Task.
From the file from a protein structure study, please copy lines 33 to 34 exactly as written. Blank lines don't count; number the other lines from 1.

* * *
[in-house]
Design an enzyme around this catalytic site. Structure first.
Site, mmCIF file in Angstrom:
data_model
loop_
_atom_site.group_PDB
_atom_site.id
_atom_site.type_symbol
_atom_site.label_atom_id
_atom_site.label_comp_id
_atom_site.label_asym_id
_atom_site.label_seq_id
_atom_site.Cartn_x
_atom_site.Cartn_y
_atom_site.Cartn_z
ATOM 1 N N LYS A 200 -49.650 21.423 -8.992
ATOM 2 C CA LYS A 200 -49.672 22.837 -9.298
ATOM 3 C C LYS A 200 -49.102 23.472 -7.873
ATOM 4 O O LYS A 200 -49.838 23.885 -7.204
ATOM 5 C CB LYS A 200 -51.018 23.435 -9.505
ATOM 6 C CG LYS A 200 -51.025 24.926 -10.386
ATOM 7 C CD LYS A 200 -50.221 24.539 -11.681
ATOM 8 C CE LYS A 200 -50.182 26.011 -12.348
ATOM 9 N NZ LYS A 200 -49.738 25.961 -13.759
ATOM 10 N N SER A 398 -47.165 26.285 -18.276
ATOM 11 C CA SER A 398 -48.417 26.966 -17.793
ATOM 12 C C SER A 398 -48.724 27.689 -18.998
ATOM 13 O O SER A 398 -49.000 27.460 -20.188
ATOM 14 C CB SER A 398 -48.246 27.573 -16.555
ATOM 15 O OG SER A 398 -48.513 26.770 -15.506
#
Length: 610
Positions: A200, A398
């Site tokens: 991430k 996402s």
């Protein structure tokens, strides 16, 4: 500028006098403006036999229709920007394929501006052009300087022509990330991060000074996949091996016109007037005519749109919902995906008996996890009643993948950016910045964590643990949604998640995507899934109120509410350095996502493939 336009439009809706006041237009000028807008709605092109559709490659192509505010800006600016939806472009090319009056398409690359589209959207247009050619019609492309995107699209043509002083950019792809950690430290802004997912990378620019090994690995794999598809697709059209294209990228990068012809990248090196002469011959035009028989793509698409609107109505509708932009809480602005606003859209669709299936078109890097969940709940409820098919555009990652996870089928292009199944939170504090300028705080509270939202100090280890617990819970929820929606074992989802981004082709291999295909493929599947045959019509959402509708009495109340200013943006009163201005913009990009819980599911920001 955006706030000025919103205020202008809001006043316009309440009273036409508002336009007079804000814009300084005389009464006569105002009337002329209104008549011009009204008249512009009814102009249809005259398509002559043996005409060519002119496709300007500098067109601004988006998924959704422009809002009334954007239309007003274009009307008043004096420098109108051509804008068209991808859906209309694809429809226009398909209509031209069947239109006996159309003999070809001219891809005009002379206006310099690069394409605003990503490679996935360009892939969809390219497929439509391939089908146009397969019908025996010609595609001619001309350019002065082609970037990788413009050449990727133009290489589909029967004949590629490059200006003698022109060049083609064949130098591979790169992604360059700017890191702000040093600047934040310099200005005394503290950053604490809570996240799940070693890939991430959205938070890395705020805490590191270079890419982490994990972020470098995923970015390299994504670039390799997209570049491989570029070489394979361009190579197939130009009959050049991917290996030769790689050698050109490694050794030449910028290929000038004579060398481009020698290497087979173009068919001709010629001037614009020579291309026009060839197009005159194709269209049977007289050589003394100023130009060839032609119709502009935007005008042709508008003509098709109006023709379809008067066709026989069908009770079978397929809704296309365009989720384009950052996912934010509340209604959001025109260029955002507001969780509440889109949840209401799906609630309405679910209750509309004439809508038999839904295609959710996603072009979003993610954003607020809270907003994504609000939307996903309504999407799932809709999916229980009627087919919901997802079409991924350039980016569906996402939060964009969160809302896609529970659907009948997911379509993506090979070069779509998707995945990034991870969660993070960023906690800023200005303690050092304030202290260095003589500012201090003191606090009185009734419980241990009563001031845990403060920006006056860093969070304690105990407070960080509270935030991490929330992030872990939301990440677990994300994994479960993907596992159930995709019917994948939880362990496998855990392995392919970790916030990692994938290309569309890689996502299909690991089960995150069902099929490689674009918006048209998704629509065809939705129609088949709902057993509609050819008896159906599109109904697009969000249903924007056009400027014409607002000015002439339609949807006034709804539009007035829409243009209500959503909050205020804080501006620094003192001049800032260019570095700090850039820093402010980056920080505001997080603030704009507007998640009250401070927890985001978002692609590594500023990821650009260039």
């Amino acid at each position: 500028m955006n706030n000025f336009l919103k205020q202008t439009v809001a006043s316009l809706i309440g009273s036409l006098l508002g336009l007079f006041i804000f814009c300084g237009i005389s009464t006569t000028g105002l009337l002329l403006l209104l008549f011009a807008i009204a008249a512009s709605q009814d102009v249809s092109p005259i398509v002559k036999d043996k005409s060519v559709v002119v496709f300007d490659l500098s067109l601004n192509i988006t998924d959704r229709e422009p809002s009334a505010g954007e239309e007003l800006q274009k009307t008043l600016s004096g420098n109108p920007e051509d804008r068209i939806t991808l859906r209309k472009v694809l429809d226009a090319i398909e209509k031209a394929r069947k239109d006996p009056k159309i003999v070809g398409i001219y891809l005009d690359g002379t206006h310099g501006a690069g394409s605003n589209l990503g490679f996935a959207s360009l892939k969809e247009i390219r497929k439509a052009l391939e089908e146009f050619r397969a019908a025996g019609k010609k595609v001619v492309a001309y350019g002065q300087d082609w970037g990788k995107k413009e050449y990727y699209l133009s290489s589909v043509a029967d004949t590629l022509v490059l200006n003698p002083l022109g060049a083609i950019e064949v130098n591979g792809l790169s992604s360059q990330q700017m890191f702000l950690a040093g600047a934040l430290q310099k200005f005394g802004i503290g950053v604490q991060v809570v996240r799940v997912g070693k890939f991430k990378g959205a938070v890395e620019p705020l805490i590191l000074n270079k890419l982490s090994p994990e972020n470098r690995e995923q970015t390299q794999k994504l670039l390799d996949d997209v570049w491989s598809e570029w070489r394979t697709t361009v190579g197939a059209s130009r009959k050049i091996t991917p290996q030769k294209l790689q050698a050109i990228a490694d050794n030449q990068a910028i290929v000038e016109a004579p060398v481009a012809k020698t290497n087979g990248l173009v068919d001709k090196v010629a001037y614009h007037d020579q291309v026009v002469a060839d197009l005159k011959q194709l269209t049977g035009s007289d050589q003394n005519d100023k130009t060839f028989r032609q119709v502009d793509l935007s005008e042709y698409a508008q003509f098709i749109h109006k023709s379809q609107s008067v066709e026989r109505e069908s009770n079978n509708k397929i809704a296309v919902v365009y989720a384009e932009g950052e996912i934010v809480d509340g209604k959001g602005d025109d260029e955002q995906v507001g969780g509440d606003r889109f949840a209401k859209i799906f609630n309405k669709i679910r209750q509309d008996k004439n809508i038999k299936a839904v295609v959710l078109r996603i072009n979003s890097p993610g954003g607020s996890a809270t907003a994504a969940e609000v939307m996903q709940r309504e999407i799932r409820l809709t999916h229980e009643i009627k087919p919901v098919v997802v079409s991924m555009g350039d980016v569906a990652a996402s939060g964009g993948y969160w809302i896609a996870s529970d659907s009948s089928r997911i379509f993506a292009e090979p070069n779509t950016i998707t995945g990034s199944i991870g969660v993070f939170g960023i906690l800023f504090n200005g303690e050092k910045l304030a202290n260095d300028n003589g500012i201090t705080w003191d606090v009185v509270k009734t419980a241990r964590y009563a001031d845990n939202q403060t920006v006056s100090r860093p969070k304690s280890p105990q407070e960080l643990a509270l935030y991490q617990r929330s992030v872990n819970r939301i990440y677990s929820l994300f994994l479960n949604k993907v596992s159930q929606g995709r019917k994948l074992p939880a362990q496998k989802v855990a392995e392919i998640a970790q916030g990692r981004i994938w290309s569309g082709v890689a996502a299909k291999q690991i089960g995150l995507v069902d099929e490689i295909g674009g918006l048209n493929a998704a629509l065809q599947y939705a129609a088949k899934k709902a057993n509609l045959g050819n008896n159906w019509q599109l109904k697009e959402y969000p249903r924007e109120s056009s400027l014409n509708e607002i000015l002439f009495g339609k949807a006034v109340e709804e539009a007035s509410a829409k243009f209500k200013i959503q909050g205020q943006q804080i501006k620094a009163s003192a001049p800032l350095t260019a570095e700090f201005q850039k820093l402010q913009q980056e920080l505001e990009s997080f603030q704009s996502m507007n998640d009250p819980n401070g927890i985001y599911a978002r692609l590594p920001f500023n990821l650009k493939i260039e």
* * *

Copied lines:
Positions: A200, A398
């Site tokens: 991430k 996402s």